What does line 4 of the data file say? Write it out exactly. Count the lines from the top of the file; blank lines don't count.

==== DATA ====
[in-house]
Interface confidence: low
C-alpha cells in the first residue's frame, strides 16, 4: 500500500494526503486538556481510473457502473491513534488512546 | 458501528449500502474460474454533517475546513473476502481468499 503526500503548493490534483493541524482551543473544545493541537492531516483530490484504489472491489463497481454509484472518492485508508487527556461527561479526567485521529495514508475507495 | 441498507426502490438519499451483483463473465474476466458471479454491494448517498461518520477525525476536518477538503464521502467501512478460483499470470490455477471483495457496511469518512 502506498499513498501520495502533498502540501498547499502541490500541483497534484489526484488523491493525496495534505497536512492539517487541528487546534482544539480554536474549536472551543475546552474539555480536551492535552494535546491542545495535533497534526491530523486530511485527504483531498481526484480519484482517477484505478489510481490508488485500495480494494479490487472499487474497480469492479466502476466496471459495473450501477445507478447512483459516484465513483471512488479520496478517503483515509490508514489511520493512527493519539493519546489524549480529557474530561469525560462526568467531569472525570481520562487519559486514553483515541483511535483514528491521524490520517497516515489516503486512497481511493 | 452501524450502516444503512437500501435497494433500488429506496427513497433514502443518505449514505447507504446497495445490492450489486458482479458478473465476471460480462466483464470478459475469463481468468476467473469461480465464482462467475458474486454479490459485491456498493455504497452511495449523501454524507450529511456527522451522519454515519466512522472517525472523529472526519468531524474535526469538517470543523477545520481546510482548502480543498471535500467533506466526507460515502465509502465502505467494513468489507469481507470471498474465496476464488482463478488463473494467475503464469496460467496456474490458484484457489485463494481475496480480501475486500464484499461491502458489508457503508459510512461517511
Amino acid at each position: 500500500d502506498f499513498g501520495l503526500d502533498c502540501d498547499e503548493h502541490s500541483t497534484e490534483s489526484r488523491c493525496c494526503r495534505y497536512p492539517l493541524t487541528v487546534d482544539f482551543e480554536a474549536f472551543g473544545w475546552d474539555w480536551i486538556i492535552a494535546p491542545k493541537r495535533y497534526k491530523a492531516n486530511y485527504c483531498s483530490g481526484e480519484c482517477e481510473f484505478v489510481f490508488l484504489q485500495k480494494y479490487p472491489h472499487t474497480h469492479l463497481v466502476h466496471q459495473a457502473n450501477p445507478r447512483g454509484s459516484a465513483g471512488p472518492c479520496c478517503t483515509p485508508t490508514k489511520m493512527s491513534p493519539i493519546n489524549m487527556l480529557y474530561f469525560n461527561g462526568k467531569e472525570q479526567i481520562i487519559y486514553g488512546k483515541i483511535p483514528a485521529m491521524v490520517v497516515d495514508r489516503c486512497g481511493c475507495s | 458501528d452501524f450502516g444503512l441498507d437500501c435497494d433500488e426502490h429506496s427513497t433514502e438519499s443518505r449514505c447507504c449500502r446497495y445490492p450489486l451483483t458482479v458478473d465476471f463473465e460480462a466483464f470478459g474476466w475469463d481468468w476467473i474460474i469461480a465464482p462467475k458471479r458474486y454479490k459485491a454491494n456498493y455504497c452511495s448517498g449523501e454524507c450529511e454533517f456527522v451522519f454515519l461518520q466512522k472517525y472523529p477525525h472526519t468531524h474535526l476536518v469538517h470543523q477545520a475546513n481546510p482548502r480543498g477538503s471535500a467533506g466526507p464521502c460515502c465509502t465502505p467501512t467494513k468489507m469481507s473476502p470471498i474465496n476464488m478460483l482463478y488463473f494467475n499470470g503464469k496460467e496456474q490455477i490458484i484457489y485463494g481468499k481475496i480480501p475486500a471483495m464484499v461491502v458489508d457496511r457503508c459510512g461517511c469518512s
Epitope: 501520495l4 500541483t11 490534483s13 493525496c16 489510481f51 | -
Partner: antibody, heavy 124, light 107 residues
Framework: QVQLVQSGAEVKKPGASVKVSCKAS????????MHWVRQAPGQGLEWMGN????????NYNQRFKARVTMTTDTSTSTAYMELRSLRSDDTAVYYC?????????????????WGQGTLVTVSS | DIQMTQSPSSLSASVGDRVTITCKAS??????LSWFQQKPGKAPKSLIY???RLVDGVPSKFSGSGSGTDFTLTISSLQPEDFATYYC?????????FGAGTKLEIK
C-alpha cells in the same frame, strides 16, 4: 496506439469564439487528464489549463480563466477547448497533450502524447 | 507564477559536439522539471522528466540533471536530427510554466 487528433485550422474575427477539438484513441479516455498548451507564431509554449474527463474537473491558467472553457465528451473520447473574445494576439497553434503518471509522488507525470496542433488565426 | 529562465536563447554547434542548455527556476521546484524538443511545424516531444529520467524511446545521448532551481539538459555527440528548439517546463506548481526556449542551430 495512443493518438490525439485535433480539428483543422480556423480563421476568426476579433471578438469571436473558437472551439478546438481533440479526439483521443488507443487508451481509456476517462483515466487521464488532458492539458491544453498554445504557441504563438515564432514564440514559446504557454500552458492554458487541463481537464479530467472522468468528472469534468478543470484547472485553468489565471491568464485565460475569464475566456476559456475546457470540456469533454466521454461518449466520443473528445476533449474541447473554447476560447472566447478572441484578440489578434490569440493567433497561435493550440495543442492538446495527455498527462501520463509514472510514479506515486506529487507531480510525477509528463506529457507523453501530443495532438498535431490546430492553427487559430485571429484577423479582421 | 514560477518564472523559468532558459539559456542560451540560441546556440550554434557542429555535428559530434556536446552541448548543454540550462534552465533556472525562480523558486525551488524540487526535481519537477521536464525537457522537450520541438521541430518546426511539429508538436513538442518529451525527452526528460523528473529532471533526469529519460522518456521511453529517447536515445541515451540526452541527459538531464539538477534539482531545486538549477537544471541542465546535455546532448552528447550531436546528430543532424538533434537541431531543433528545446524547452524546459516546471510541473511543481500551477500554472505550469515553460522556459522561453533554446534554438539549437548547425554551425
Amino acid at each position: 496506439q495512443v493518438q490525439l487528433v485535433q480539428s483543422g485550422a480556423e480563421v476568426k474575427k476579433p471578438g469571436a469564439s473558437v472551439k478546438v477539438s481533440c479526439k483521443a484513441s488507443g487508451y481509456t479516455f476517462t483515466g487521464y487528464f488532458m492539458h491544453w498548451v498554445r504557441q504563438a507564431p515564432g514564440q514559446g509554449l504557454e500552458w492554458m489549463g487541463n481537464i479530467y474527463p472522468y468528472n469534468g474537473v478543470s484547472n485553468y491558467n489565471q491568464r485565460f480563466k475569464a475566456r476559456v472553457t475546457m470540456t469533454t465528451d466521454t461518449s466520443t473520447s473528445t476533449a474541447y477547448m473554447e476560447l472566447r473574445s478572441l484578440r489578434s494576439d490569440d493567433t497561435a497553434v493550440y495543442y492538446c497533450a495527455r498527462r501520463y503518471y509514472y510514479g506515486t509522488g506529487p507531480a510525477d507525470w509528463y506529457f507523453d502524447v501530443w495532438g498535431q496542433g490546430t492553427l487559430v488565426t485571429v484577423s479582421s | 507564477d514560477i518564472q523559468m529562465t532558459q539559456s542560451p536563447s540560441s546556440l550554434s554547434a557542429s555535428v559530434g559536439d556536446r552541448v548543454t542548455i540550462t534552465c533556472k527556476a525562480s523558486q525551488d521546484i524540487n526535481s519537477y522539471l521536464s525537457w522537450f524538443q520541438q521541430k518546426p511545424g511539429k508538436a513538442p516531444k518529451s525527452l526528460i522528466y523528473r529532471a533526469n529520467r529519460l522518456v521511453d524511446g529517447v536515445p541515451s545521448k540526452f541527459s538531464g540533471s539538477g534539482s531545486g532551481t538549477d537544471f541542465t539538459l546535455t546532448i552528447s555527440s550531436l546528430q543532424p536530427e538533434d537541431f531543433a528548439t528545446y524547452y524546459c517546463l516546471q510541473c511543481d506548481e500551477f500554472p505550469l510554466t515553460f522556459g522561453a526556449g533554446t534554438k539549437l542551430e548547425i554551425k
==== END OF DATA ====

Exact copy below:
Amino acid at each position: 500500500d502506498f499513498g501520495l503526500d502533498c502540501d498547499e503548493h502541490s500541483t497534484e490534483s489526484r488523491c493525496c494526503r495534505y497536512p492539517l493541524t487541528v487546534d482544539f482551543e480554536a474549536f472551543g473544545w475546552d474539555w480536551i486538556i492535552a494535546p491542545k493541537r495535533y497534526k491530523a492531516n486530511y485527504c483531498s483530490g481526484e480519484c482517477e481510473f484505478v489510481f490508488l484504489q485500495k480494494y479490487p472491489h472499487t474497480h469492479l463497481v466502476h466496471q459495473a457502473n450501477p445507478r447512483g454509484s459516484a465513483g471512488p472518492c479520496c478517503t483515509p485508508t490508514k489511520m493512527s491513534p493519539i493519546n489524549m487527556l480529557y474530561f469525560n461527561g462526568k467531569e472525570q479526567i481520562i487519559y486514553g488512546k483515541i483511535p483514528a485521529m491521524v490520517v497516515d495514508r489516503c486512497g481511493c475507495s | 458501528d452501524f450502516g444503512l441498507d437500501c435497494d433500488e426502490h429506496s427513497t433514502e438519499s443518505r449514505c447507504c449500502r446497495y445490492p450489486l451483483t458482479v458478473d465476471f463473465e460480462a466483464f470478459g474476466w475469463d481468468w476467473i474460474i469461480a465464482p462467475k458471479r458474486y454479490k459485491a454491494n456498493y455504497c452511495s448517498g449523501e454524507c450529511e454533517f456527522v451522519f454515519l461518520q466512522k472517525y472523529p477525525h472526519t468531524h474535526l476536518v469538517h470543523q477545520a475546513n481546510p482548502r480543498g477538503s471535500a467533506g466526507p464521502c460515502c465509502t465502505p467501512t467494513k468489507m469481507s473476502p470471498i474465496n476464488m478460483l482463478y488463473f494467475n499470470g503464469k496460467e496456474q490455477i490458484i484457489y485463494g481468499k481475496i480480501p475486500a471483495m464484499v461491502v458489508d457496511r457503508c459510512g461517511c469518512s